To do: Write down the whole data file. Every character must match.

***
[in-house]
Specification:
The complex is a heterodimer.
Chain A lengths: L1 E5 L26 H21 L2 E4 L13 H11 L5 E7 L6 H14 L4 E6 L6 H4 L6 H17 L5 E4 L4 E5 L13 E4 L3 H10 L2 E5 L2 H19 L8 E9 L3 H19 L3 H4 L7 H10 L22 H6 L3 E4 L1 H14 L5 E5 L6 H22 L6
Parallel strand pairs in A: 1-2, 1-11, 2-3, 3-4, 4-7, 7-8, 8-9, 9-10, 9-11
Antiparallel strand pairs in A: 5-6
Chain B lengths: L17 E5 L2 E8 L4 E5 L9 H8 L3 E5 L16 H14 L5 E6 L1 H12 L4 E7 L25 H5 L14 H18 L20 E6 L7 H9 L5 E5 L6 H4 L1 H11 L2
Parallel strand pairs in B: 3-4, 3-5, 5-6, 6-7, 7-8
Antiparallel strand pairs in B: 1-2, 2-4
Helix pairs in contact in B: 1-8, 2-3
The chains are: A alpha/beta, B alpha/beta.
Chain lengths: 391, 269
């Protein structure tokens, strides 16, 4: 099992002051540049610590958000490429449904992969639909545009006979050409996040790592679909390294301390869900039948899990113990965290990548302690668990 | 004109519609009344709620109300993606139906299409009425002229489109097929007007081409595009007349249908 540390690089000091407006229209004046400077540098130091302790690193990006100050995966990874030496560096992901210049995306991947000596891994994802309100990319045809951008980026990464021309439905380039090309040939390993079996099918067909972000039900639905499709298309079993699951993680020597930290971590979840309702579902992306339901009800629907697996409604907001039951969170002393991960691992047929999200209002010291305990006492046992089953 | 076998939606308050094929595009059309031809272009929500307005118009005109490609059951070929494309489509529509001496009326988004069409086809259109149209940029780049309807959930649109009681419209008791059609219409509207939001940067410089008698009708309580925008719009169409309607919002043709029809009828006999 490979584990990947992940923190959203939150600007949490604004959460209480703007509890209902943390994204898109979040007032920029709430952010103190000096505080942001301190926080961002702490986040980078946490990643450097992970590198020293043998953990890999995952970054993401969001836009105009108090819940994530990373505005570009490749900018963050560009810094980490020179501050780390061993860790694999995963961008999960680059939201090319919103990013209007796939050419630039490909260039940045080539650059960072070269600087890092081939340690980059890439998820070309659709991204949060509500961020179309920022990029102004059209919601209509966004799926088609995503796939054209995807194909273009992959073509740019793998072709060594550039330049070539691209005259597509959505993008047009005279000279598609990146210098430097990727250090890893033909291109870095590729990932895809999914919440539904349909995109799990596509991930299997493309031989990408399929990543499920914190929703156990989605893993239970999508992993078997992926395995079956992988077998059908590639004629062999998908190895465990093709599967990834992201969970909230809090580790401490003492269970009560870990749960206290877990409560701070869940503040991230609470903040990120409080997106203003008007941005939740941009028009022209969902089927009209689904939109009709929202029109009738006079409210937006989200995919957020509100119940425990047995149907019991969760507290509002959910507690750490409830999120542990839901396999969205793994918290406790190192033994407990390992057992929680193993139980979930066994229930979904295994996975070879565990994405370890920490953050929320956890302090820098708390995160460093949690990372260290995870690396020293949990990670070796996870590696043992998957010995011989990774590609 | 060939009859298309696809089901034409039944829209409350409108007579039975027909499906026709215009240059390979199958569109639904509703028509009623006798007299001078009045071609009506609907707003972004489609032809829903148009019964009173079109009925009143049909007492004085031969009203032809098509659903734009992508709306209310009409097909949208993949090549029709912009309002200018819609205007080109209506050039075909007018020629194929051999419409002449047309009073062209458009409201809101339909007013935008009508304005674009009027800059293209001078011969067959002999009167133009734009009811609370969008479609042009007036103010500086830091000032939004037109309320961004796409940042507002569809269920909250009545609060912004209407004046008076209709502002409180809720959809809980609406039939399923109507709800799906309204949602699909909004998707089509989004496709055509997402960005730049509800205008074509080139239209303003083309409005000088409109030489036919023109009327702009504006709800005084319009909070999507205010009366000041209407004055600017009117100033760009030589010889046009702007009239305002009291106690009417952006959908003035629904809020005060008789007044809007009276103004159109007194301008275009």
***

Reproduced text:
[in-house]
Specification:
The complex is a heterodimer.
Chain A lengths: L1 E5 L26 H21 L2 E4 L13 H11 L5 E7 L6 H14 L4 E6 L6 H4 L6 H17 L5 E4 L4 E5 L13 E4 L3 H10 L2 E5 L2 H19 L8 E9 L3 H19 L3 H4 L7 H10 L22 H6 L3 E4 L1 H14 L5 E5 L6 H22 L6
Parallel strand pairs in A: 1-2, 1-11, 2-3, 3-4, 4-7, 7-8, 8-9, 9-10, 9-11
Antiparallel strand pairs in A: 5-6
Chain B lengths: L17 E5 L2 E8 L4 E5 L9 H8 L3 E5 L16 H14 L5 E6 L1 H12 L4 E7 L25 H5 L14 H18 L20 E6 L7 H9 L5 E5 L6 H4 L1 H11 L2
Parallel strand pairs in B: 3-4, 3-5, 5-6, 6-7, 7-8
Antiparallel strand pairs in B: 1-2, 2-4
Helix pairs in contact in B: 1-8, 2-3
The chains are: A alpha/beta, B alpha/beta.
Chain lengths: 391, 269
């Protein structure tokens, strides 16, 4: 099992002051540049610590958000490429449904992969639909545009006979050409996040790592679909390294301390869900039948899990113990965290990548302690668990 | 004109519609009344709620109300993606139906299409009425002229489109097929007007081409595009007349249908 540390690089000091407006229209004046400077540098130091302790690193990006100050995966990874030496560096992901210049995306991947000596891994994802309100990319045809951008980026990464021309439905380039090309040939390993079996099918067909972000039900639905499709298309079993699951993680020597930290971590979840309702579902992306339901009800629907697996409604907001039951969170002393991960691992047929999200209002010291305990006492046992089953 | 076998939606308050094929595009059309031809272009929500307005118009005109490609059951070929494309489509529509001496009326988004069409086809259109149209940029780049309807959930649109009681419209008791059609219409509207939001940067410089008698009708309580925008719009169409309607919002043709029809009828006999 490979584990990947992940923190959203939150600007949490604004959460209480703007509890209902943390994204898109979040007032920029709430952010103190000096505080942001301190926080961002702490986040980078946490990643450097992970590198020293043998953990890999995952970054993401969001836009105009108090819940994530990373505005570009490749900018963050560009810094980490020179501050780390061993860790694999995963961008999960680059939201090319919103990013209007796939050419630039490909260039940045080539650059960072070269600087890092081939340690980059890439998820070309659709991204949060509500961020179309920022990029102004059209919601209509966004799926088609995503796939054209995807194909273009992959073509740019793998072709060594550039330049070539691209005259597509959505993008047009005279000279598609990146210098430097990727250090890893033909291109870095590729990932895809999914919440539904349909995109799990596509991930299997493309031989990408399929990543499920914190929703156990989605893993239970999508992993078997992926395995079956992988077998059908590639004629062999998908190895465990093709599967990834992201969970909230809090580790401490003492269970009560870990749960206290877990409560701070869940503040991230609470903040990120409080997106203003008007941005939740941009028009022209969902089927009209689904939109009709929202029109009738006079409210937006989200995919957020509100119940425990047995149907019991969760507290509002959910507690750490409830999120542990839901396999969205793994918290406790190192033994407990390992057992929680193993139980979930066994229930979904295994996975070879565990994405370890920490953050929320956890302090820098708390995160460093949690990372260290995870690396020293949990990670070796996870590696043992998957010995011989990774590609 | 060939009859298309696809089901034409039944829209409350409108007579039975027909499906026709215009240059390979199958569109639904509703028509009623006798007299001078009045071609009506609907707003972004489609032809829903148009019964009173079109009925009143049909007492004085031969009203032809098509659903734009992508709306209310009409097909949208993949090549029709912009309002200018819609205007080109209506050039075909007018020629194929051999419409002449047309009073062209458009409201809101339909007013935008009508304005674009009027800059293209001078011969067959002999009167133009734009009811609370969008479609042009007036103010500086830091000032939004037109309320961004796409940042507002569809269920909250009545609060912004209407004046008076209709502002409180809720959809809980609406039939399923109507709800799906309204949602699909909004998707089509989004496709055509997402960005730049509800205008074509080139239209303003083309409005000088409109030489036919023109009327702009504006709800005084319009909070999507205010009366000041209407004055600017009117100033760009030589010889046009702007009239305002009291106690009417952006959908003035629904809020005060008789007044809007009276103004159109007194301008275009």